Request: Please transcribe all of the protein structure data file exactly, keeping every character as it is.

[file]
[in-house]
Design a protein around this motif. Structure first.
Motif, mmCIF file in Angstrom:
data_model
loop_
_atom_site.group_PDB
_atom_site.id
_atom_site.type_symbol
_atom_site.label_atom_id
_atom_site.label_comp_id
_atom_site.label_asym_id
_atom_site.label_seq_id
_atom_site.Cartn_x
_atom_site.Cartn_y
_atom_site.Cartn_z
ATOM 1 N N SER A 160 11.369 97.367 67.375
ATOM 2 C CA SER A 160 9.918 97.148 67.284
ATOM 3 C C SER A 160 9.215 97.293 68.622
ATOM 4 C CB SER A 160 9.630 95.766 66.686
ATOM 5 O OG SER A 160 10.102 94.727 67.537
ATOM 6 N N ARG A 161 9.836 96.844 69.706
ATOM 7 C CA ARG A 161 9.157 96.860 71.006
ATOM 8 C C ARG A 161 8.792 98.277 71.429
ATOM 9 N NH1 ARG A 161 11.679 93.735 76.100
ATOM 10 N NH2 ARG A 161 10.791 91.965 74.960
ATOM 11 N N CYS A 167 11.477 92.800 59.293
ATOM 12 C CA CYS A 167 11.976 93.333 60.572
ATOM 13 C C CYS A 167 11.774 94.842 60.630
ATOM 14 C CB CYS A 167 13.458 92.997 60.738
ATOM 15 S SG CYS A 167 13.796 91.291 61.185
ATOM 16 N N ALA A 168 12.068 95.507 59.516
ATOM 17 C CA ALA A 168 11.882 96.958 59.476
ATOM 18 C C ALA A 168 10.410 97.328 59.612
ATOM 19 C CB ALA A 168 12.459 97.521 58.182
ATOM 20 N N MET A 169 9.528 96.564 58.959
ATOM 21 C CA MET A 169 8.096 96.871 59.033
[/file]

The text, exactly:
[in-house]
Design a protein around this motif. Structure first.
Motif, mmCIF file in Angstrom:
data_model
loop_
_atom_site.group_PDB
_atom_site.id
_atom_site.type_symbol
_atom_site.label_atom_id
_atom_site.label_comp_id
_atom_site.label_asym_id
_atom_site.label_seq_id
_atom_site.Cartn_x
_atom_site.Cartn_y
_atom_site.Cartn_z
ATOM 1 N N SER A 160 11.369 97.367 67.375
ATOM 2 C CA SER A 160 9.918 97.148 67.284
ATOM 3 C C SER A 160 9.215 97.293 68.622
ATOM 4 C CB SER A 160 9.630 95.766 66.686
ATOM 5 O OG SER A 160 10.102 94.727 67.537
ATOM 6 N N ARG A 161 9.836 96.844 69.706
ATOM 7 C CA ARG A 161 9.157 96.860 71.006
ATOM 8 C C ARG A 161 8.792 98.277 71.429
ATOM 9 N NH1 ARG A 161 11.679 93.735 76.100
ATOM 10 N NH2 ARG A 161 10.791 91.965 74.960
ATOM 11 N N CYS A 167 11.477 92.800 59.293
ATOM 12 C CA CYS A 167 11.976 93.333 60.572
ATOM 13 C C CYS A 167 11.774 94.842 60.630
ATOM 14 C CB CYS A 167 13.458 92.997 60.738
ATOM 15 S SG CYS A 167 13.796 91.291 61.185
ATOM 16 N N ALA A 168 12.068 95.507 59.516
ATOM 17 C CA ALA A 168 11.882 96.958 59.476
ATOM 18 C C ALA A 168 10.410 97.328 59.612
ATOM 19 C CB ALA A 168 12.459 97.521 58.182
ATOM 20 N N MET A 169 9.528 96.564 58.959
ATOM 21 C CA MET A 169 8.096 96.871 59.033